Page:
Earl Storey is the founder of Topstorey Communications (www.topstorey.org) and has worked with organizations as diverse as the GAA and the Orange order throughout Ireland.
He has international experience working in Rwanda and Nigeria as well as with EU Partnership Projects. In 2005 he was the director of the 'Hard Gospel' project, established by the Church of Ireland to address sectarianism and living with difference.This work has been described as one of the most substantial denominational church initiatives of its kind to have taken place in Ireland.
It’s been ten years since I carefully went about letting some friends know a secret - ultimately causing me to walk away from a job and a recognisable religious vocation.
For twenty-two years I had been a Church of Ireland Rector on both sides of the border. Not only was it a job I loved, it also provided security. But personal conscience forced me to make a choice - between a passion relentlessly growing in me and continuing in good conscience to be a Rector. To try and accommodate both seemed inappropriate.
My big secret? I was a unionist. Not only that, I also wanted to act on it by becoming an active member of a political party – in my case the Ulster Unionist Party. It got to a point where I wanted to become quite open about it all and thus contribute in some way to political debate in Northern Ireland.
I decided it would be inappropriate for me to carry on as a parish Rector whilst proceeding to make plain my politics, whatever they might happen to be. Hence the decision to leave active ministry, get a job doing something (anything) else, and turn up at my local UUP branch with my £20 to join up.
Everyone has his or her passion. For me it was politics. Having at different times lived in Northern Ireland, England and the Republic (substitute politically correct terminology for any of the aforementioned as desired – oh the tedium!) I have devoured politics wherever I have been.
My memory of ten very happy years living in Dublin suggests a unionism not born out of antipathy to things southern. Nor do I feel any less than at home as life has taken me to now live happily in Co Kildare. My pleasure in the union with Britain was / is not rooted in antagonism to something else.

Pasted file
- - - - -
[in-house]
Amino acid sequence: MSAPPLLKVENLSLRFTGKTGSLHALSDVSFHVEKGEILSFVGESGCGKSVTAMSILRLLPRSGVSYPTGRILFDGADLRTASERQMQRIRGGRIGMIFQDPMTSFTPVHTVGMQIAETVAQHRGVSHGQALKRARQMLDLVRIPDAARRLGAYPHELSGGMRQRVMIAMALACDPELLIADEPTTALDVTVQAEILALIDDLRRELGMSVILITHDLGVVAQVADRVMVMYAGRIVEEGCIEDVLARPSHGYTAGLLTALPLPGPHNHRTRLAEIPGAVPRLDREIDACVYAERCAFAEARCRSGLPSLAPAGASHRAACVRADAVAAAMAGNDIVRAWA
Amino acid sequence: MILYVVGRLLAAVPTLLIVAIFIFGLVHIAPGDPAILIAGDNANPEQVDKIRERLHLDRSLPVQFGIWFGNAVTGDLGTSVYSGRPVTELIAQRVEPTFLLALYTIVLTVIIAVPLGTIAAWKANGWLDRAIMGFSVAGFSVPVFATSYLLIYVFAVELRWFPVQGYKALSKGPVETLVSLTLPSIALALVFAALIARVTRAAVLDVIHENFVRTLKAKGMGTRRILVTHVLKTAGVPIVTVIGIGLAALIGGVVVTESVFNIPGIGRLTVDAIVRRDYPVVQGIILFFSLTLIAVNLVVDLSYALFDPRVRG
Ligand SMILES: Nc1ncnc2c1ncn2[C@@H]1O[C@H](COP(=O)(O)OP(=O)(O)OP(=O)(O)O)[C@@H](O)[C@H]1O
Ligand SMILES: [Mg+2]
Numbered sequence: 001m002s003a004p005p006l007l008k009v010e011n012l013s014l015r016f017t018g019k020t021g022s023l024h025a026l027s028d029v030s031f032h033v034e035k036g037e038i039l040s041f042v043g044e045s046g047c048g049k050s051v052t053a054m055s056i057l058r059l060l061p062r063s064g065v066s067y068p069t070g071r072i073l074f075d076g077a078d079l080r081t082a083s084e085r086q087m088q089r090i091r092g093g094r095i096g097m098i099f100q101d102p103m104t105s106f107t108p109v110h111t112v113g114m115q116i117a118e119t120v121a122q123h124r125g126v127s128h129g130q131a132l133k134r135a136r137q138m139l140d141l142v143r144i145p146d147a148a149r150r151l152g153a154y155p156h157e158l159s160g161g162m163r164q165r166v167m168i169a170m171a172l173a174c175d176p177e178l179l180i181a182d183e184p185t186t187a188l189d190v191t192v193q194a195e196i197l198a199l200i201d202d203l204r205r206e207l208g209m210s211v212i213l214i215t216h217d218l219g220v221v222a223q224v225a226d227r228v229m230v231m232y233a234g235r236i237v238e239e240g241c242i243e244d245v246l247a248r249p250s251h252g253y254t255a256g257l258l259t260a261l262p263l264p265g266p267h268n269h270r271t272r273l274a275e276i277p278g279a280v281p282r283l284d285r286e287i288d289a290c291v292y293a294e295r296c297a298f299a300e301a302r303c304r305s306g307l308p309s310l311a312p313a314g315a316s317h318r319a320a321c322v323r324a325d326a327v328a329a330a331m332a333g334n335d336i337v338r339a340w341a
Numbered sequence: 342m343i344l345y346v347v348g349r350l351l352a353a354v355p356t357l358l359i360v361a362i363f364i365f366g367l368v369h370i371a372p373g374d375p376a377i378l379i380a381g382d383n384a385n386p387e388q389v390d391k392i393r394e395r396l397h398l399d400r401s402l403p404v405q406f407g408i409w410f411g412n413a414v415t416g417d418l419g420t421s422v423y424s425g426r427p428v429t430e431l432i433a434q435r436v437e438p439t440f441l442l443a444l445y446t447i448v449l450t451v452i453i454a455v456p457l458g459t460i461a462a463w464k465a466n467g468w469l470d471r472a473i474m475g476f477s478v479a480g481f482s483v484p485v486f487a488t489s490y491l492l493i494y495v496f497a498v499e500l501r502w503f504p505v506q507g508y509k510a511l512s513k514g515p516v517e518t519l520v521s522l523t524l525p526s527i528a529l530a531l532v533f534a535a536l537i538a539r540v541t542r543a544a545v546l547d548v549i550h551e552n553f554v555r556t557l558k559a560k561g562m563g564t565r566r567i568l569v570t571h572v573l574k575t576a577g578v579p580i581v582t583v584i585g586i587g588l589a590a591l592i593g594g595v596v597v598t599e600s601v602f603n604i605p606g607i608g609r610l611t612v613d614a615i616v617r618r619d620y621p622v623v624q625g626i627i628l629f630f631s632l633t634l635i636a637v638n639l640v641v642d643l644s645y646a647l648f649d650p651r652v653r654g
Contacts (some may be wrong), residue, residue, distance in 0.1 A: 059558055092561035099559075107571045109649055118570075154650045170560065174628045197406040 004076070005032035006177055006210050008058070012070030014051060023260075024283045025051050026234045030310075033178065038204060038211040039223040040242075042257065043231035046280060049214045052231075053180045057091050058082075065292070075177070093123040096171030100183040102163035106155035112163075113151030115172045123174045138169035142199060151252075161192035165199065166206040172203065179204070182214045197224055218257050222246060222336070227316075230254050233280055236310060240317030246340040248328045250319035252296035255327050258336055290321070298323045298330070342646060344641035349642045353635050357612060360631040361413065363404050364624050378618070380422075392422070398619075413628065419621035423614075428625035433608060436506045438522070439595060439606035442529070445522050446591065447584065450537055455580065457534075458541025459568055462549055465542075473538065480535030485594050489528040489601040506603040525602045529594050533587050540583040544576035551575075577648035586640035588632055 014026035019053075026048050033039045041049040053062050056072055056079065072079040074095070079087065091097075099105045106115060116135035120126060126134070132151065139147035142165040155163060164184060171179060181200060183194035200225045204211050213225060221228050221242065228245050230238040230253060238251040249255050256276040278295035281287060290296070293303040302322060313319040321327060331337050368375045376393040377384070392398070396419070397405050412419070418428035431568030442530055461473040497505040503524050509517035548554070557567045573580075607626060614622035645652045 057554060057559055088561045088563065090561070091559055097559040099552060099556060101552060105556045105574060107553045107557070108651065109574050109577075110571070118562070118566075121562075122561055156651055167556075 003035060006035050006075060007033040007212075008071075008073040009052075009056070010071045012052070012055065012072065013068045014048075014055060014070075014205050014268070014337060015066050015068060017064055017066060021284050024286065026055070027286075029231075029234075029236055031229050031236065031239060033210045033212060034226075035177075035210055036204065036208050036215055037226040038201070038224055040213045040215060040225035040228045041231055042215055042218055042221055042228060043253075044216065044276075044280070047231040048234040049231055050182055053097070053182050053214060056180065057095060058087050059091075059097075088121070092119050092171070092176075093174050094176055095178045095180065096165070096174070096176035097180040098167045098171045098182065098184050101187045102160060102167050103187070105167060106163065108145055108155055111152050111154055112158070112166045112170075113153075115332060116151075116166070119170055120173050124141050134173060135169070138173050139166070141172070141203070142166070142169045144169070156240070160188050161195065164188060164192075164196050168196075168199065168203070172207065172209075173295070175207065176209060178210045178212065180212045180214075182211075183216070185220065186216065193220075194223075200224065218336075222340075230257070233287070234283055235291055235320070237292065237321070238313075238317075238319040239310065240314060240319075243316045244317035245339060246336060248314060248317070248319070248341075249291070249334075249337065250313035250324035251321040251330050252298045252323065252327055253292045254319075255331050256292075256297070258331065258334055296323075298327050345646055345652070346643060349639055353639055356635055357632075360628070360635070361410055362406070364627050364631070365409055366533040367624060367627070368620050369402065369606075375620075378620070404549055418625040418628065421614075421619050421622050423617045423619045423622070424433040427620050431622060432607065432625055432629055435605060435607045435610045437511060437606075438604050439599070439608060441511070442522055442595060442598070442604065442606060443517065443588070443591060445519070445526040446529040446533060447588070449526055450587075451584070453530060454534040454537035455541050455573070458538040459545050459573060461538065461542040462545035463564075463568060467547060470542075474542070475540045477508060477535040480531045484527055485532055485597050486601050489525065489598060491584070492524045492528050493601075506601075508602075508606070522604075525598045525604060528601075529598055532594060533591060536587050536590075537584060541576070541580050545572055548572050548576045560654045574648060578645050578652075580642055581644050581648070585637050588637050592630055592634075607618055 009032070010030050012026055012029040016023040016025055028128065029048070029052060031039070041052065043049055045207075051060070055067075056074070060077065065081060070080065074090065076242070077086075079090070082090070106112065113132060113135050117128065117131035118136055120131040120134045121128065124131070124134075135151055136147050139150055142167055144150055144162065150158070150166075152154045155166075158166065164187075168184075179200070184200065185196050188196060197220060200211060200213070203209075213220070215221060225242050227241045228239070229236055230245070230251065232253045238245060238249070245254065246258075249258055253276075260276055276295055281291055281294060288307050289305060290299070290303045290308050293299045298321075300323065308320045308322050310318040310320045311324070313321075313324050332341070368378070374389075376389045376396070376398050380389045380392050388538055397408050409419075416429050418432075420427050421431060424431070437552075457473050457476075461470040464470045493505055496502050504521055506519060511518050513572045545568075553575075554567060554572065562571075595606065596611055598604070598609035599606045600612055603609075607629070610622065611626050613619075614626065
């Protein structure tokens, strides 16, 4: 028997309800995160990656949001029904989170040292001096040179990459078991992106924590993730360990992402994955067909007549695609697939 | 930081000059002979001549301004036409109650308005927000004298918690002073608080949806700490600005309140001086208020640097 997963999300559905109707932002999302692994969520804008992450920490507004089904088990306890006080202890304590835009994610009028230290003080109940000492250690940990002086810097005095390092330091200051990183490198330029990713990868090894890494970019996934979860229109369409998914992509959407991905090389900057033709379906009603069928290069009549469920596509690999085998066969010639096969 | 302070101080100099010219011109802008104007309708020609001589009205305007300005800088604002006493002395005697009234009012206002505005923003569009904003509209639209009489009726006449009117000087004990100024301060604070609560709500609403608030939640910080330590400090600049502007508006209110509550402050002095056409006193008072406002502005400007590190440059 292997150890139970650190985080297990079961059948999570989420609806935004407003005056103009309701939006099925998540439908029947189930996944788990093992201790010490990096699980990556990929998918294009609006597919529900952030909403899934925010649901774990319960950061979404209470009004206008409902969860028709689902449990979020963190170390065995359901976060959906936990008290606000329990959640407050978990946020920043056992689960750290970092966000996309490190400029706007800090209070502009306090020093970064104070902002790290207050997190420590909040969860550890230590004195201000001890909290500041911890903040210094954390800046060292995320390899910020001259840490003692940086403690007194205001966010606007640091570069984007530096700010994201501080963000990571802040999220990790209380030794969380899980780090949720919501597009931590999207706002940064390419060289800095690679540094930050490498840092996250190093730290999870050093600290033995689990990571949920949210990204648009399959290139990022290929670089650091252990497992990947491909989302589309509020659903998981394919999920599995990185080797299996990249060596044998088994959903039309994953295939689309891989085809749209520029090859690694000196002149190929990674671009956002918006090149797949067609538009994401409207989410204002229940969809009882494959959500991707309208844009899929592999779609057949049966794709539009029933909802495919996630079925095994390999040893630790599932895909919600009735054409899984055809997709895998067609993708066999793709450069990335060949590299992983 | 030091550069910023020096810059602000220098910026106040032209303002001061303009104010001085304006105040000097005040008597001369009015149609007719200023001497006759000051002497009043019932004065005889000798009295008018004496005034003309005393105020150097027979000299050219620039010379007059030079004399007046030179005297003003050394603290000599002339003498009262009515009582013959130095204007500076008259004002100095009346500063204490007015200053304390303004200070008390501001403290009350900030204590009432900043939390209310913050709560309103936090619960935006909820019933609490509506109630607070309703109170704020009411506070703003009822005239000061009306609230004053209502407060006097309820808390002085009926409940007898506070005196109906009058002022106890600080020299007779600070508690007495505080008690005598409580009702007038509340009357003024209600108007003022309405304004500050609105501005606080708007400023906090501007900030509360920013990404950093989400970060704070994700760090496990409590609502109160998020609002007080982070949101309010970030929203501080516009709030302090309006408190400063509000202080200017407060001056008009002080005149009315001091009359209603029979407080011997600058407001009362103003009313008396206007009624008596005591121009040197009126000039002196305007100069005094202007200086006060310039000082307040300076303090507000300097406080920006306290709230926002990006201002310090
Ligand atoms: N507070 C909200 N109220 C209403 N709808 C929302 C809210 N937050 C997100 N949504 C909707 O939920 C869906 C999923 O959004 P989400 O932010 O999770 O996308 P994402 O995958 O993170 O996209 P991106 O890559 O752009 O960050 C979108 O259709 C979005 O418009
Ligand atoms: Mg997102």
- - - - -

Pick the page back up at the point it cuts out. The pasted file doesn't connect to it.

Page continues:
Time and circumstance (a three-year post with the Church of Ireland in 2005) led me out of my political affiliation – a status that remains. But I have three reflections on the heady brew that was/is religion and politics in Northern Ireland?
Firstly, politics is not more important than being a Christian - nor even on a level par with it. If I felt there was ever a conflict of passion between my faith as a Christian and my politics I would have dropped the politics in an instant. For the Church and the individual Christian only one passion can reign supreme, and its not politics!
Secondly, it is not more Christian to be a unionist than a nationalist, or vice versa. Whatever ‘ism’ presses your buttons I am honour bound to respect it when that politics is peaceful and peacefully pursued. I was a unionist as a matter of political preference. It was not an article of religious faith! Two thousand years of history show that Christianity is strong enough not to require any particular political context. Did faith influence my approach to politics? Absolutely! But, I was also confident enough in my politics not to need a religious rationale for it.
Lastly, life on this island can make it unsettling to realise that political affiliation does not have to match religious allegiance. It can be unnerving if we feel that ‘our’ church is not necessarily aligned with our politics. That can lead to sense of being let down if the ‘church’ no longer speaks for our politics – leaving us feeling that bit more vulnerable. Undoubtedly unsettling but a journey that takes us ultimately to a deeper confidence both in our religious beliefs and our political aspirations.
Religion and politics are both noble. But neither are meant to be the prisoner of the other.